Clive Stafford Smith
168 x 198 cm
Oil on canvas 2006
Clive Stafford Smith is the founder of Reprieve and has spent over 30 years working on behalf of defendants facing the death penalty in the USA. After graduating from Columbia Law School in New York, Clive spent nine years as a lawyer with the Southern Center for Human Rights working on death penalty cases and other civil rights issues. In 1993, Clive moved to New Orleans and launched the Louisiana Crisis Assistance Center, a non-profit law office specialising in the representation of poor people in death penalty cases.
In 1999 Clive founded Reprieve and, the following year, he was awarded an OBE
for ‘humanitarian services’. Since 2004, he has focused on achieving due process for the prisoners being held by the US in Guantánamo Bay, as well as continuing his work on death penalty cases. Clive was made a Rowntree Visionary and Echoing Green Fellow in 2005. As director, Clive is responsible for overseeing Reprieve’s Casework Programme, as well as the direct representation of prisoners in Guantánamo Bay and on death row as a Louisiana licensed attorney at law.
Some years ago I painted this almost life-sized portrait of Clive, having been intrigued by this man who had all the advantages of a public school education and yet had chosen to ignore the attractions of wealth and materialism in order to defend the powerless and vulnerable. I called the picture “Prisoner of Conscience” believing that he had become imprisoned by his conscience into a job he could not abandon. But as he spoke I realised that he was a more-than-willing prisoner, finding immense satisfaction in his work, the obvious trauma of watching six men die in the execution chamber easily outweighed by the huge number of innocent people exonerated.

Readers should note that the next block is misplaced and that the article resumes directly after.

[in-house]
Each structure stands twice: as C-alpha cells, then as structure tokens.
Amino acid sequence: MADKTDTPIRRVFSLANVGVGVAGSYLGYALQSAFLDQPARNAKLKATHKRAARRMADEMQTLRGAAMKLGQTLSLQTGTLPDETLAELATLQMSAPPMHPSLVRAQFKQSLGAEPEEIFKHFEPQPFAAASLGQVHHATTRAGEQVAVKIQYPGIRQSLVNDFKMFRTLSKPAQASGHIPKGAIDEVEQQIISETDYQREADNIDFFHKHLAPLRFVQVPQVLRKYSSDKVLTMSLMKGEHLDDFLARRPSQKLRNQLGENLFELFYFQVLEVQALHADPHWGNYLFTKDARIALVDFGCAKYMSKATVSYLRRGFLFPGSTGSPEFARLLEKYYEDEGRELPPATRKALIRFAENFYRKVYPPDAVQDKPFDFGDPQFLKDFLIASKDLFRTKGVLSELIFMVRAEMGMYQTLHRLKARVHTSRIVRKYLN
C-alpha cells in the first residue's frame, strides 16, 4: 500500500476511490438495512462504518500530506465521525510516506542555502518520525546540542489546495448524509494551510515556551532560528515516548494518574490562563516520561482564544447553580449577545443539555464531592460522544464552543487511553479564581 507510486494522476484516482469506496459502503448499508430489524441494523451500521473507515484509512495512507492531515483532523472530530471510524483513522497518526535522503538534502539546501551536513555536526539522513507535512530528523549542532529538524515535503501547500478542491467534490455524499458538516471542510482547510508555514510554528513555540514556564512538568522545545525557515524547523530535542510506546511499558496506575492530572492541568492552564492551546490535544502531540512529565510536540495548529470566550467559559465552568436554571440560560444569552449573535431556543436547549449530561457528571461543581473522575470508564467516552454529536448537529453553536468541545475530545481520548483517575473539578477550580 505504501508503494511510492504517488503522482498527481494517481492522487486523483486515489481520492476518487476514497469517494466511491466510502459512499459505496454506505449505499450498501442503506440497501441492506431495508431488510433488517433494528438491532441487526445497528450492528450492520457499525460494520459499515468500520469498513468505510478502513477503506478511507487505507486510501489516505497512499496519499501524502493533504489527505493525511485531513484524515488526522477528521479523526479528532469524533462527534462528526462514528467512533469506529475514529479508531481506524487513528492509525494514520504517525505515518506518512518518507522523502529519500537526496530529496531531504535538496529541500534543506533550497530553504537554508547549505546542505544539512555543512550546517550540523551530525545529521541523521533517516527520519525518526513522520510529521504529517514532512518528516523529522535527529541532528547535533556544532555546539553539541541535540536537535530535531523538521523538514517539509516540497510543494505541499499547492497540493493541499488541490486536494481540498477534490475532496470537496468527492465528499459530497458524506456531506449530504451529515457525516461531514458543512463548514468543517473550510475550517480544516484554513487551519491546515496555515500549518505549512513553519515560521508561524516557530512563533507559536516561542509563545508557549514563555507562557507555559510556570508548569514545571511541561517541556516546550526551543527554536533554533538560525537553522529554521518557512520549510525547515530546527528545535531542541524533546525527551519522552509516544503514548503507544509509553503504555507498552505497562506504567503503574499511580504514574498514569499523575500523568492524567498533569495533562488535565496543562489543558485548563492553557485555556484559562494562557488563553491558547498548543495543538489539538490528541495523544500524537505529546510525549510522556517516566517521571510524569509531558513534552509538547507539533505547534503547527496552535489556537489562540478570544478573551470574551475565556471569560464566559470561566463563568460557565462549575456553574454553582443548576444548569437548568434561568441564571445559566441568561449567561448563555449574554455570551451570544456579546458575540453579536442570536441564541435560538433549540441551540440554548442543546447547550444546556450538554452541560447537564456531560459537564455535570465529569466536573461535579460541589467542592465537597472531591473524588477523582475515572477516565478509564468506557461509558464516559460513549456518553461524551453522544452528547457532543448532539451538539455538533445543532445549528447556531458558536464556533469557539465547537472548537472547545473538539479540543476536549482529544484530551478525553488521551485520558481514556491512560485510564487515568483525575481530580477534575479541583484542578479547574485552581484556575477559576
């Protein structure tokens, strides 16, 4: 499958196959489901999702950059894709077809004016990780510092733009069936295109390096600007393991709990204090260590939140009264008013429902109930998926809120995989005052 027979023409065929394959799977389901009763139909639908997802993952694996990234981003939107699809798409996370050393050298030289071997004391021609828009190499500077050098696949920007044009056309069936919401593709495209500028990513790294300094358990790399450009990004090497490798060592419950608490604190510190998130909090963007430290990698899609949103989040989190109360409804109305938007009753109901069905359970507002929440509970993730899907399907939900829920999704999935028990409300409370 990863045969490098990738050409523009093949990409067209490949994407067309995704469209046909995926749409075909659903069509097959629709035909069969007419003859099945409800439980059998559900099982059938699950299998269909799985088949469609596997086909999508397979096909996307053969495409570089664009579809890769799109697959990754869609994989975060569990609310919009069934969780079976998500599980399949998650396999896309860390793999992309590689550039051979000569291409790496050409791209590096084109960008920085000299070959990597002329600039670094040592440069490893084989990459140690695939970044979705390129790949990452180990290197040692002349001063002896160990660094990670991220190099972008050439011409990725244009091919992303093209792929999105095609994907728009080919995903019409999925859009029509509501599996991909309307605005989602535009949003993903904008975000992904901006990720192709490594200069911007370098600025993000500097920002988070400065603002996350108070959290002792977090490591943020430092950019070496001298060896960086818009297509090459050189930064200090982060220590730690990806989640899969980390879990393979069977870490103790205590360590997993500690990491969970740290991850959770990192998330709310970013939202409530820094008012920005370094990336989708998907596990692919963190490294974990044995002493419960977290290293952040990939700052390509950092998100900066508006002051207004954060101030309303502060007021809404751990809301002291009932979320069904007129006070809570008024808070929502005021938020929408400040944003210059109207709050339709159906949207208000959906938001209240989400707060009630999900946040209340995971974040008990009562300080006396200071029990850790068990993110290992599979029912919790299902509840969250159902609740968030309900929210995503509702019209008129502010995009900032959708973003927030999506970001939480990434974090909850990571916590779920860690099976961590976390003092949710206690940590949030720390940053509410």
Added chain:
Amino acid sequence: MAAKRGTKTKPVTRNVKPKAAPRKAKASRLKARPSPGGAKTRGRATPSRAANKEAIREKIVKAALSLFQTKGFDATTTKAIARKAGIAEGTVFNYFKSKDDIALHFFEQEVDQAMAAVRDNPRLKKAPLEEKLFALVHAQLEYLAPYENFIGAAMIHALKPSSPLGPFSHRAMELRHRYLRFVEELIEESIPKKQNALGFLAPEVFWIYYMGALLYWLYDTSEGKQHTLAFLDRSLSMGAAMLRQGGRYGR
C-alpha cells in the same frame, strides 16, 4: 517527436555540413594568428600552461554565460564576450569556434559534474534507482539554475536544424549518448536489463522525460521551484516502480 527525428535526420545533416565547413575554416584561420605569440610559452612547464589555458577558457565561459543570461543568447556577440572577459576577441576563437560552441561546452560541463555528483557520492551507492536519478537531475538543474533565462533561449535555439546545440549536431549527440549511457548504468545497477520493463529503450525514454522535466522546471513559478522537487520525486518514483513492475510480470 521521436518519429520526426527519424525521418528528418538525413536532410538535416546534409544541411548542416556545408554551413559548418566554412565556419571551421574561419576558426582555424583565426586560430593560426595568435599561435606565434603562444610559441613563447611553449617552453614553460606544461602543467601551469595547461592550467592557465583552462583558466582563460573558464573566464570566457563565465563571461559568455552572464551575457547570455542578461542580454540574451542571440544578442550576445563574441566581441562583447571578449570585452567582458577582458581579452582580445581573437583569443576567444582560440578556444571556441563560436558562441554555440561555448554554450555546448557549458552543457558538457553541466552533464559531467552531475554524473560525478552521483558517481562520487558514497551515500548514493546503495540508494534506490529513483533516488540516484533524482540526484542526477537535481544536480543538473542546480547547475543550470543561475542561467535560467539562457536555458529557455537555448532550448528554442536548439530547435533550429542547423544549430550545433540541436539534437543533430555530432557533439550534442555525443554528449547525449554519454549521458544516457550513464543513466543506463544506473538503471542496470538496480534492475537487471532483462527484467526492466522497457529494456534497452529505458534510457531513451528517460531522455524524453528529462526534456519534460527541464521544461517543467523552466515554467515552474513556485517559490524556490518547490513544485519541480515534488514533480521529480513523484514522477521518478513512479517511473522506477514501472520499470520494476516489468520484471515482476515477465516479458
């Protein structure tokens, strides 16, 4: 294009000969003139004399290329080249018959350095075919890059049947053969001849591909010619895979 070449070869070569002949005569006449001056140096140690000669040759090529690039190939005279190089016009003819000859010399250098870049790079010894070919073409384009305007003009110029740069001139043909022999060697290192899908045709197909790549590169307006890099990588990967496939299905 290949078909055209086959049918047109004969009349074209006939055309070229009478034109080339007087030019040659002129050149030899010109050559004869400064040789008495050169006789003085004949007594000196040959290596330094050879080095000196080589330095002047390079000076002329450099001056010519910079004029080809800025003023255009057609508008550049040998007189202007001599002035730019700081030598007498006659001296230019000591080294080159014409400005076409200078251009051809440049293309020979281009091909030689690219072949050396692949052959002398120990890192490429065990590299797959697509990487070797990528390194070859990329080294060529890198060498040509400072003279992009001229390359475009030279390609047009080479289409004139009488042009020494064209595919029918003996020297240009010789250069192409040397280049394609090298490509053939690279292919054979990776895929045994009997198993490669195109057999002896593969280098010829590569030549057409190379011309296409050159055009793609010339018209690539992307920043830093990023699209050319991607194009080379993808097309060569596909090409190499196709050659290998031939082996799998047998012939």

It’s not just the understandable and publicly accessible innocence argument that drives Clive, but his compassion for the most reviled and despised people in our society, those guilty of horrendous crimes. His belief that the death penalty solves nothing and that all should be entitled to a fair trial and appropriate treatment appears to motivate him as much for the guilty as for the innocent.
His wife, Emily, who established Innocence Project New Orleans, shares his vision. As I talk to Clive in his cottage in Dorset, I can hear Emily playing with their young son - an everyday scene of contented domesticity and a perfect counterbalance to their extraordinary experiences of fighting for the most basic of human rights - the right to life.
Part of the interview with Clive Stafford Smith is available to listen to below but the quality may be poor so please click the button for the transcript.
“There is nothing like taking someone’s life and giving it back to them - that’s just fantastic!”
"It’s about having someone who is totally powerless who the whole world hates and just being able to say no to all that hatred."
"I can still see in very vivid black and white the images of them electrocuting him and those will never go away. But you have two solutions to that - one is to say ‘Oh I can’t deal with that’ and the other is to get annoyed and make sure it doesn’t happen again.”
"If you look at New Orleans alone, in terms of the people who’ve been sentenced to death, over the last 20 years we’ve exonerated more people than they’ve executed - that’s pretty shocking."